Increasingly, practitioners are finding avenues to engage new audiences with one person, often multimedia shows. Spoken word theatre succeeds because of its naked authenticity. The author is the performer. The poet’s life and truth is the content. In the live setting, there is also an intimacy between the audience and performer, in dialogue with each other.  At its best, it has all the spontaneity of stand up comedy. But it does not limit itself to the path of the laugh. Often it traverses a broader range of emotional landscapes. It can be a skilfully orchestrated piece of dramaturgy while simultaneously having the simple attraction of someone telling their story in their own unique voice.

In her show Razing Lazarus, former World Poetry Slam Champion Kat Francois recounts her journey to Granada to uncover the story of her dead relatives’ involvement in the World War One. Bought to life with poems, dramatic monologues and chat with the audience, it was the most memorable and moving telling of history I have seen, and I say this as a history graduate.

There can be nothing more urgent than reclaiming the narratives we move within as a people. Tending to the stories of the tribe has always been the role of the poet. Philosopher Jacques Ranciere wrote about how power maintains itself through “a specific regime of speaking” with representational power to name, frame and interpret the world.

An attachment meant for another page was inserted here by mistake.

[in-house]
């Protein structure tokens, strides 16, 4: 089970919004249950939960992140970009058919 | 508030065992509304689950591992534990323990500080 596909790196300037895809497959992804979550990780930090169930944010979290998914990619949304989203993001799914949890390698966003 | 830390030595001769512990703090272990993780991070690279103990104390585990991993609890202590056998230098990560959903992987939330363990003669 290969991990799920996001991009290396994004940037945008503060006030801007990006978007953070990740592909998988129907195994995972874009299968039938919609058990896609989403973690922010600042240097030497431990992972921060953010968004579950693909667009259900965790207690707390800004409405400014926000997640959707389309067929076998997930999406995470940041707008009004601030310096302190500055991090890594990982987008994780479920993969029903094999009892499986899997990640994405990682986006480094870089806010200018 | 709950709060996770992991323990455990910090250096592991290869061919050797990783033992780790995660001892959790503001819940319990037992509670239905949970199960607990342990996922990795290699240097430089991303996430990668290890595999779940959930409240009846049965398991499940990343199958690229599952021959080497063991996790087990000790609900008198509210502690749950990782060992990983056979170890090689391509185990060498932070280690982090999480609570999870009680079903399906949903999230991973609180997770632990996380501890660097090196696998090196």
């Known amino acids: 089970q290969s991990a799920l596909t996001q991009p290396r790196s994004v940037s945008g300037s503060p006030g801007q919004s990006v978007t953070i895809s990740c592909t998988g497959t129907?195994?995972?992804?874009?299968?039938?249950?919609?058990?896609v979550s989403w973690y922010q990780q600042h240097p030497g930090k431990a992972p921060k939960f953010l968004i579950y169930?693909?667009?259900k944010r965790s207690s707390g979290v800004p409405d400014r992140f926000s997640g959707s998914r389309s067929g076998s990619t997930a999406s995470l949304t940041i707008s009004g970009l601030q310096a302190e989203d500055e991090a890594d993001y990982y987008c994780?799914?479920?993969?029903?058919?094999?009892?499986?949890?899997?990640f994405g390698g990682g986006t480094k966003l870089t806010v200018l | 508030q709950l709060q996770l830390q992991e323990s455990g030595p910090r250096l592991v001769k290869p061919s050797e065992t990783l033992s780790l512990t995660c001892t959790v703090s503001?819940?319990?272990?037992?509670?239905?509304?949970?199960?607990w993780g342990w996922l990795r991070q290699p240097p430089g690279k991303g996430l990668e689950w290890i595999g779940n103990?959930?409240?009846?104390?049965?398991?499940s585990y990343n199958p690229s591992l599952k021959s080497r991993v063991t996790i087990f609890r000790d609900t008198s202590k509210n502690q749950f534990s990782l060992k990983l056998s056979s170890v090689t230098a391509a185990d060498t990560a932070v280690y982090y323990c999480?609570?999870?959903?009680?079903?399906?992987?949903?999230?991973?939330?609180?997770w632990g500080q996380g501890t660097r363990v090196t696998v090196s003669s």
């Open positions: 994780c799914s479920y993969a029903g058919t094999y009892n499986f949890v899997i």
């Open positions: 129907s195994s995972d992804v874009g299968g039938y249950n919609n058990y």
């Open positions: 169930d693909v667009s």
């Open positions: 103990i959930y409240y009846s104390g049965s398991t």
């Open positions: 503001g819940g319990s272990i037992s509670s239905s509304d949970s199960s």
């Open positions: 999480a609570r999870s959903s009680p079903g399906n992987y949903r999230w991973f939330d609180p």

Rafeef Ziadah is a poet who grew up in a refugee camp and now works for War on Want in London, campaigning against the attacks on Palestine. As a spoken word artist she has reached hundreds of thousands of people with her message:

“I can get up and do a speech full of statistics and the way it [spoken word] touches people and affects people on a human level is just completely different.”

The young spoken word artists of today are the articulate citizens of tomorrow. My work with the Spoken Word Education Programme has shown me just how urgent and valuable artistic communities are in allowing space for teenagers and children to tell the world as they see it, a way that steps beyond the landscape of words fenced in by advertising, political rhetoric and the school curriculum. Poetry has enriched me with the voice to tell my story. It has also plugged me into communities and audiences where that story can be told.

Sometimes the actions we need are words. All the activist stunts I feature in my show were carried out by people getting face to face and talking, exchanging information and finding ways to express their collective voice. A Colombian human rights activist once said to me that “culture is the one area they cannot suppress us”. How can spoken word, and the arts more generally, give voice to what is marginalised?  In the increasingly oppressive regime of “anti-terror” legislation,  giving a speech in Trafalgar Square – about anything – without the Mayor’s permission can get you arrested (even unamplified). David Cameron is now pledging to roll back the European Convention on Human Rights and move against people who hold “world views” or “ideologies” of “non-violent extremism”. As police powers look set to mitigate the peaceful protest of groups like Occupy, UK Uncut or climate activists who speak out against the actions of big business, who decides what extremism is? Let’s get together and talk about that.